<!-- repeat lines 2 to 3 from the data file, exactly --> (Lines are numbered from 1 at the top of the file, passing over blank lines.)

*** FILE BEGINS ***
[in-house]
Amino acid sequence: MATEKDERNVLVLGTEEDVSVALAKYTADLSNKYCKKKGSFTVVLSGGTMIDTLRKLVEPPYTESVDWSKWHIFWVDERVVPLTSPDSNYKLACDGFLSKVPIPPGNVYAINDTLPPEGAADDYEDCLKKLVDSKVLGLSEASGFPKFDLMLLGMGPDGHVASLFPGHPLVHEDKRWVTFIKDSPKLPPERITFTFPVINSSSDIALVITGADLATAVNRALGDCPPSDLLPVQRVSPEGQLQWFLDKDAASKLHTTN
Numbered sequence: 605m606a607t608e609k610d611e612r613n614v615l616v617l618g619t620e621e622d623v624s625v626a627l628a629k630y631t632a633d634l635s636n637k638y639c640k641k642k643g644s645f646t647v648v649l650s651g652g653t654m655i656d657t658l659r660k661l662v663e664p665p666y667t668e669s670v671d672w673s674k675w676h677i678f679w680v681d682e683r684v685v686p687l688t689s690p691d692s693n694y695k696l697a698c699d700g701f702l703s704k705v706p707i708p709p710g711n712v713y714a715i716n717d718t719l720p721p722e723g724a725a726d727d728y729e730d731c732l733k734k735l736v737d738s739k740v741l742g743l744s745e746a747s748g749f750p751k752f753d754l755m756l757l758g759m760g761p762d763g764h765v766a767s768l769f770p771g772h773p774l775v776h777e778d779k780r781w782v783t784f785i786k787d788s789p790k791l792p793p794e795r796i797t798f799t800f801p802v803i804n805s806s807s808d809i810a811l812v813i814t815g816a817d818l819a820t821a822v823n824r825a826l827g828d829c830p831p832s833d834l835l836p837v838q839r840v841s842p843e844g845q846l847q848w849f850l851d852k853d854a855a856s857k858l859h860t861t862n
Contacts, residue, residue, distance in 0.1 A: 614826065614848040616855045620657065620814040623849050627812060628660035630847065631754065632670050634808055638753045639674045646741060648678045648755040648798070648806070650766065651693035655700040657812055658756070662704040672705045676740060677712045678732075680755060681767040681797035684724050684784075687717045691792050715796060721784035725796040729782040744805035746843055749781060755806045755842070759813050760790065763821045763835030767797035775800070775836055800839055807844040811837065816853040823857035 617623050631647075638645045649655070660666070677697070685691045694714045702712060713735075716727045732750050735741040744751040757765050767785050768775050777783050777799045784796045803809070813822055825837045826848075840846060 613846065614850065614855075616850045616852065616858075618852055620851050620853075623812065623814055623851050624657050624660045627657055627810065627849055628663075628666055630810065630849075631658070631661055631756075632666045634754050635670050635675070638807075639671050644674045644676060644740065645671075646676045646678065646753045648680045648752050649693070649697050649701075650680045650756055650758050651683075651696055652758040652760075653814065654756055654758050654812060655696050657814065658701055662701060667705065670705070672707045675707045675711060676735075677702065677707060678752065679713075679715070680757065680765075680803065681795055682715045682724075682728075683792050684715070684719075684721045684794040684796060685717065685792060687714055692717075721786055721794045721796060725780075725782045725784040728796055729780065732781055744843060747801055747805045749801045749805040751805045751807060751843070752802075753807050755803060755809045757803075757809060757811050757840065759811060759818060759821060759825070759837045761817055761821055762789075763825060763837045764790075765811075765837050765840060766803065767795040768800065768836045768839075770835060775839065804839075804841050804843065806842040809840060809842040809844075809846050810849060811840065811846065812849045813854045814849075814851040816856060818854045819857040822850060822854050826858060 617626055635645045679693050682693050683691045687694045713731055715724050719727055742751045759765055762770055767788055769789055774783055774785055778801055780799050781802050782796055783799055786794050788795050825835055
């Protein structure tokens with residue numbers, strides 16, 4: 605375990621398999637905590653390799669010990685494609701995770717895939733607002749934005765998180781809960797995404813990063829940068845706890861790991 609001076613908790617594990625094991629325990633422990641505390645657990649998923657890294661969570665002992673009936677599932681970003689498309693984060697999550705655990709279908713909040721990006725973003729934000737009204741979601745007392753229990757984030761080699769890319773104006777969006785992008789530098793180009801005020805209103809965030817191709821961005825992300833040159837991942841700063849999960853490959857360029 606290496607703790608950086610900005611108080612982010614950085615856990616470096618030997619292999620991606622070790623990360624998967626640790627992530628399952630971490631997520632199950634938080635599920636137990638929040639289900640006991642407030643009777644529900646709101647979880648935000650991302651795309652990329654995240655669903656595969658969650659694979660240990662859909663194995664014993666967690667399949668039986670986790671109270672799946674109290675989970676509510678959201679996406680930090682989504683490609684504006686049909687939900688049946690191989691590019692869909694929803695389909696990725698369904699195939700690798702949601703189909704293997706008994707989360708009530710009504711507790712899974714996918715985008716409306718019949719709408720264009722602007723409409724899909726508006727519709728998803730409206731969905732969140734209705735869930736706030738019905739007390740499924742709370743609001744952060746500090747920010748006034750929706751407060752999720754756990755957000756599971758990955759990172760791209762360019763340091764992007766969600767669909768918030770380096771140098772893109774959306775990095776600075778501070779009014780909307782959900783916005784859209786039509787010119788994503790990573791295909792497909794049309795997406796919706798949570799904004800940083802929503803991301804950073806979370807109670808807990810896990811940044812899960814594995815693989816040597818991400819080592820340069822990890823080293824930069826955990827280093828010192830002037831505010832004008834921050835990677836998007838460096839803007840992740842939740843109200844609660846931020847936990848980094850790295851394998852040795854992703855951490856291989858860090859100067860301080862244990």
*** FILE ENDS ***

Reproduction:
Amino acid sequence: MATEKDERNVLVLGTEEDVSVALAKYTADLSNKYCKKKGSFTVVLSGGTMIDTLRKLVEPPYTESVDWSKWHIFWVDERVVPLTSPDSNYKLACDGFLSKVPIPPGNVYAINDTLPPEGAADDYEDCLKKLVDSKVLGLSEASGFPKFDLMLLGMGPDGHVASLFPGHPLVHEDKRWVTFIKDSPKLPPERITFTFPVINSSSDIALVITGADLATAVNRALGDCPPSDLLPVQRVSPEGQLQWFLDKDAASKLHTTN
Numbered sequence: 605m606a607t608e609k610d611e612r613n614v615l616v617l618g619t620e621e622d623v624s625v626a627l628a629k630y631t632a633d634l635s636n637k638y639c640k641k642k643g644s645f646t647v648v649l650s651g652g653t654m655i656d657t658l659r660k661l662v663e664p665p666y667t668e669s670v671d672w673s674k675w676h677i678f679w680v681d682e683r684v685v686p687l688t689s690p691d692s693n694y695k696l697a698c699d700g701f702l703s704k705v706p707i708p709p710g711n712v713y714a715i716n717d718t719l720p721p722e723g724a725a726d727d728y729e730d731c732l733k734k735l736v737d738s739k740v741l742g743l744s745e746a747s748g749f750p751k752f753d754l755m756l757l758g759m760g761p762d763g764h765v766a767s768l769f770p771g772h773p774l775v776h777e778d779k780r781w782v783t784f785i786k787d788s789p790k791l792p793p794e795r796i797t798f799t800f801p802v803i804n805s806s807s808d809i810a811l812v813i814t815g816a817d818l819a820t821a822v823n824r825a826l827g828d829c830p831p832s833d834l835l836p837v838q839r840v841s842p843e844g845q846l847q848w849f850l851d852k853d854a855a856s857k858l859h860t861t862n